Diabetes Drug May Lower Breast Cancer Risk
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A diabetes drug may reduce the risk of breast cancer in some women, a new study suggests.

In the study, postmenopausal women with diabetes who took the drug metformin to control their blood sugar were 25 percent less likely to have breast cancer after 11 years, compared with diabetes-free women who did not take the drug.

Moreover, diabetic women in the study who took drugs other than metformin were slightly more likely to have breast cancer, compared with diabetes-free women of a similar age. (Studies have suggested a generally increased risk of breast cancer among women with diabetes, though not all research has shown this to be the case.)

The findings held even after the researchers took into account factors that could affect the participants' risk of breast cancer, such as their body mass indexes (BMI), physical activity levels, and how frequently they received mammograms.

The study adds to a growing body of research showing that the drug may have anti-cancer properties. A few previous studies have noted lower rates of breast cancer and pancreatic cancer among women with diabetes who take the drug. And studies in animals and on cells in lab dishes have suggested the drug may inhibit cancer cell growth.

However, the new study found an association, and not a cause-effect link, and so more research is needed to confirm the findings. Results from an upcoming trial sponsored by the National Cancer Institute will be part of that evidence, said Dr. Iuliana Shapira, an investigator at the Feinstein Institute for Medical Research in Manhasset, N.Y., who was not involved in the study. In the trial, women with early stage breast cancer, who don't have diabetes, will be randomly assigned to receive either metformin or a placebo, and will be followed for five years, Shapira said.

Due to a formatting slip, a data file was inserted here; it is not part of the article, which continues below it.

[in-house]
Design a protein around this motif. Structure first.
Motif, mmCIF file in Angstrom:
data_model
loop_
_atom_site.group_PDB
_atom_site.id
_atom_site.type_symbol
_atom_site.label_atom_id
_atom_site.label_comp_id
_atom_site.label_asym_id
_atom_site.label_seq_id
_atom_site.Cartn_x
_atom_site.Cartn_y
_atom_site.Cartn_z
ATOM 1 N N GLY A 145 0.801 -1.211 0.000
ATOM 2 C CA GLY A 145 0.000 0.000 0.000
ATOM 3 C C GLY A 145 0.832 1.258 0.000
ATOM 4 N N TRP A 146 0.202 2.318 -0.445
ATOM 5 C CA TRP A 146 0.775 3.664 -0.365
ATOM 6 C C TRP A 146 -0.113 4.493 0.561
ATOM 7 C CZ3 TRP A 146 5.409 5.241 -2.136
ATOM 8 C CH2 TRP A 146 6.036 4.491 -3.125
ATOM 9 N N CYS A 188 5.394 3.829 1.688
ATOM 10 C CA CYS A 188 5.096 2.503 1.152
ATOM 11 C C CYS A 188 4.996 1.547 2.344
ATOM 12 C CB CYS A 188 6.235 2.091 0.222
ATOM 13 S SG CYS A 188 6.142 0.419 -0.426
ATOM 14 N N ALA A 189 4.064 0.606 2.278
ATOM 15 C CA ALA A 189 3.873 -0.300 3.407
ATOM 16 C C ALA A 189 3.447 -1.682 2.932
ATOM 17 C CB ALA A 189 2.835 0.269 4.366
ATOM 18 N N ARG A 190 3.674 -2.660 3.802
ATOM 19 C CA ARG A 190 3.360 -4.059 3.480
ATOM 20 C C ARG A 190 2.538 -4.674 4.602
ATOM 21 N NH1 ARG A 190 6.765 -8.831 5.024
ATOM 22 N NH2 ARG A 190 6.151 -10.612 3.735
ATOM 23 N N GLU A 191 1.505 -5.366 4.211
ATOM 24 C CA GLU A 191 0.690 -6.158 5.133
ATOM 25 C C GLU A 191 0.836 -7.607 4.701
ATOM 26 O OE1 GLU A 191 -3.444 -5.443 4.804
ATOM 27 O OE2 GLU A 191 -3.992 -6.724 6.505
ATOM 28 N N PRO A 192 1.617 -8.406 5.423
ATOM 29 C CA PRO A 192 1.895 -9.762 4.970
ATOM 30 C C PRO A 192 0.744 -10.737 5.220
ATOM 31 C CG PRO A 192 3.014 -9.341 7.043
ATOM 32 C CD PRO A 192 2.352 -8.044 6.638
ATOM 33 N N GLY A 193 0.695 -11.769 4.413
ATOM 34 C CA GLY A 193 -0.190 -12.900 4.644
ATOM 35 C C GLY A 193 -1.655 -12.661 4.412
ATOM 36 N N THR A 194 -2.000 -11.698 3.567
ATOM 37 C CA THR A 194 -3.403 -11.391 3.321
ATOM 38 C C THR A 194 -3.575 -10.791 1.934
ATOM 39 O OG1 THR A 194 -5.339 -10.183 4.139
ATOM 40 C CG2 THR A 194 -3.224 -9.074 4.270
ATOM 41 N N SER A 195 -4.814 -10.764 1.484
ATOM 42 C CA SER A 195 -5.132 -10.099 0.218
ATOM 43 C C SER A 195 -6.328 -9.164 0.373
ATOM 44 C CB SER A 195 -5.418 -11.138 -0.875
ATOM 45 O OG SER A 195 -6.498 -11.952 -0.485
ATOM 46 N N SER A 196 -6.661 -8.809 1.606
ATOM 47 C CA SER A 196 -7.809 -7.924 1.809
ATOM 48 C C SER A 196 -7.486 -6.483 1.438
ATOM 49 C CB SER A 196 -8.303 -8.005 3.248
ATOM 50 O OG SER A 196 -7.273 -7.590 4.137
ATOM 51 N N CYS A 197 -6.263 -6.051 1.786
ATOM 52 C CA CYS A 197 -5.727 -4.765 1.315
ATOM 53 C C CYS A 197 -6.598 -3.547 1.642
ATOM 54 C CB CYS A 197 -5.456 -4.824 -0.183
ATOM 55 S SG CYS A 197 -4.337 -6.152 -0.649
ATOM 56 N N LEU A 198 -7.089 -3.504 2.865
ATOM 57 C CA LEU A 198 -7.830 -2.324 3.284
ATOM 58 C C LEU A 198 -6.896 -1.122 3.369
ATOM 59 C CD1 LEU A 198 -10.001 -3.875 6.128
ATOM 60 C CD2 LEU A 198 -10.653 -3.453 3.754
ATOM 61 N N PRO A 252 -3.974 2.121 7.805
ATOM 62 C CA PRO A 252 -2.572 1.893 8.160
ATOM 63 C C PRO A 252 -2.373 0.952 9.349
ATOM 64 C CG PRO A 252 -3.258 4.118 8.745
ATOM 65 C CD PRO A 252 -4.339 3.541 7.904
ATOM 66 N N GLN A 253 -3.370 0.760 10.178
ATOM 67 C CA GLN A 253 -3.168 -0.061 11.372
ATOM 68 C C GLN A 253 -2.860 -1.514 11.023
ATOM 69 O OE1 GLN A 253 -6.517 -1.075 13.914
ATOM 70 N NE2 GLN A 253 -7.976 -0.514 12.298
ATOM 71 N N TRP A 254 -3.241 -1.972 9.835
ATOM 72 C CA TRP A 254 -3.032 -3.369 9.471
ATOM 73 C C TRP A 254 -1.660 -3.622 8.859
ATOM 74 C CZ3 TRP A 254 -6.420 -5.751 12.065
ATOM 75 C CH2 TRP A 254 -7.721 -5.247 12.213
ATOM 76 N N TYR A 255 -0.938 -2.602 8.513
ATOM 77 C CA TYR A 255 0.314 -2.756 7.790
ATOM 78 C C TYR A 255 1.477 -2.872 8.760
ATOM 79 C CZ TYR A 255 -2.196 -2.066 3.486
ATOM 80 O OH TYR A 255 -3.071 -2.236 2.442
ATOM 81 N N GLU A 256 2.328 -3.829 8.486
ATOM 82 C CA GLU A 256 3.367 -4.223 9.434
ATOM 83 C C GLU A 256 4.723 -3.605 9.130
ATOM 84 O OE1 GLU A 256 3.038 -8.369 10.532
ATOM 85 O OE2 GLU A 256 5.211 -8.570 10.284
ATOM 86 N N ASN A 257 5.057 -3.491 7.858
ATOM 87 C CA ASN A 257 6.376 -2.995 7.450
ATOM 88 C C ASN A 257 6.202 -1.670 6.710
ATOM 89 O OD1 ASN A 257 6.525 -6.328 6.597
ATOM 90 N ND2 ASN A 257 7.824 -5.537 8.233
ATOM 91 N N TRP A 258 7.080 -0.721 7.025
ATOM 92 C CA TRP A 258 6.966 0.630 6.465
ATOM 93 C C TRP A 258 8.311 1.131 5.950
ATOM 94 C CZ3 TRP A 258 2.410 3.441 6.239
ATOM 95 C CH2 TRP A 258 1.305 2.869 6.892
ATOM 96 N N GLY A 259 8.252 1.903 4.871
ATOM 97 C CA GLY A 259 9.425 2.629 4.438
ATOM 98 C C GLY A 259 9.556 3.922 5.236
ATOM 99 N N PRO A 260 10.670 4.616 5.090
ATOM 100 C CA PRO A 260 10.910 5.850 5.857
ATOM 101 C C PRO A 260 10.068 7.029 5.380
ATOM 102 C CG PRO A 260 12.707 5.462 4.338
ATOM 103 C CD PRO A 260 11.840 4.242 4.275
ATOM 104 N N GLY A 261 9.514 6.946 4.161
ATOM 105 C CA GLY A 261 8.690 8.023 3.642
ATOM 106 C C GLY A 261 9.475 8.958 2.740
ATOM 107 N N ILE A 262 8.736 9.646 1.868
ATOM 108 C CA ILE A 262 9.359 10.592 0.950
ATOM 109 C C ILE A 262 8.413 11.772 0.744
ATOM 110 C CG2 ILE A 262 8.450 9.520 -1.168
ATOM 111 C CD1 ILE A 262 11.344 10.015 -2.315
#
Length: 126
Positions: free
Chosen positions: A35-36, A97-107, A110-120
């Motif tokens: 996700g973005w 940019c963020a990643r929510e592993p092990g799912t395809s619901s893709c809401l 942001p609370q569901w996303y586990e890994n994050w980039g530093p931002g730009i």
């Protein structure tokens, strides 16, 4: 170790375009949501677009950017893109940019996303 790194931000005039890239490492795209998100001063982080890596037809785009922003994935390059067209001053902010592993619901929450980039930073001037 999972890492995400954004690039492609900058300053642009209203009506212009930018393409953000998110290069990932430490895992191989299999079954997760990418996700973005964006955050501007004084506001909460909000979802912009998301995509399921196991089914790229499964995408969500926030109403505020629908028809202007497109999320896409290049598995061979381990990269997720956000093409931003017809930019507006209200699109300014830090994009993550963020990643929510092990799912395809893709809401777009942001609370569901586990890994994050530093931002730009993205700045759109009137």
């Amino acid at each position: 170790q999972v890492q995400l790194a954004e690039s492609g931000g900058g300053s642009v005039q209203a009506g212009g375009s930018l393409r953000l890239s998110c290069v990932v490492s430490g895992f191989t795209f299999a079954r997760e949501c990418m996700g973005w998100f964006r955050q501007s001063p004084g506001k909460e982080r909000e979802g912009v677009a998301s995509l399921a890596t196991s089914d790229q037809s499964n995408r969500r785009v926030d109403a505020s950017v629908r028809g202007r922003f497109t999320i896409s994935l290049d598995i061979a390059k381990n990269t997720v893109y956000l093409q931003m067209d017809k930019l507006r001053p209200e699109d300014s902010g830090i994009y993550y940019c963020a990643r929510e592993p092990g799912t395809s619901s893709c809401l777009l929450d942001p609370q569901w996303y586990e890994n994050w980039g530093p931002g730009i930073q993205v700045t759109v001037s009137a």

In the new study Dr. Rowan Chlebowski, of the UCLA David Geffen School of Medicine, and colleagues analyzed information from more than 68,000 postmenopausal women who participated in the ongoing study called the Women's Health Initiative, and were followed for an average of 11.8 years.

Over the study period, 11,290 women were diagnosed with diabetes, and 3,273 were diagnosed with invasive breast cancer.

It's not clear how metformin might reduce breast cancer risk, but the drug is known to increase the activity of an enzyme called AMP Kinase, Shapira said. This enzyme is an "energy sensor" for cells, Shapira said, and an increase in its activity may cause cancer cells to die by committing cellular suicide.

Metformin is not prescribed only for diabetes, it is also given to women with a condition known as polycystic ovary syndrome. A goal of future research is to see whether the drug could be given to women at risk for breast cancer as a way to prevent the disease, Shapira said.

The study was published on June 11 in the Journal of Clinical Oncology.

Pass it on:  Taking metformin is associated with a reduced risk of breast cancer.

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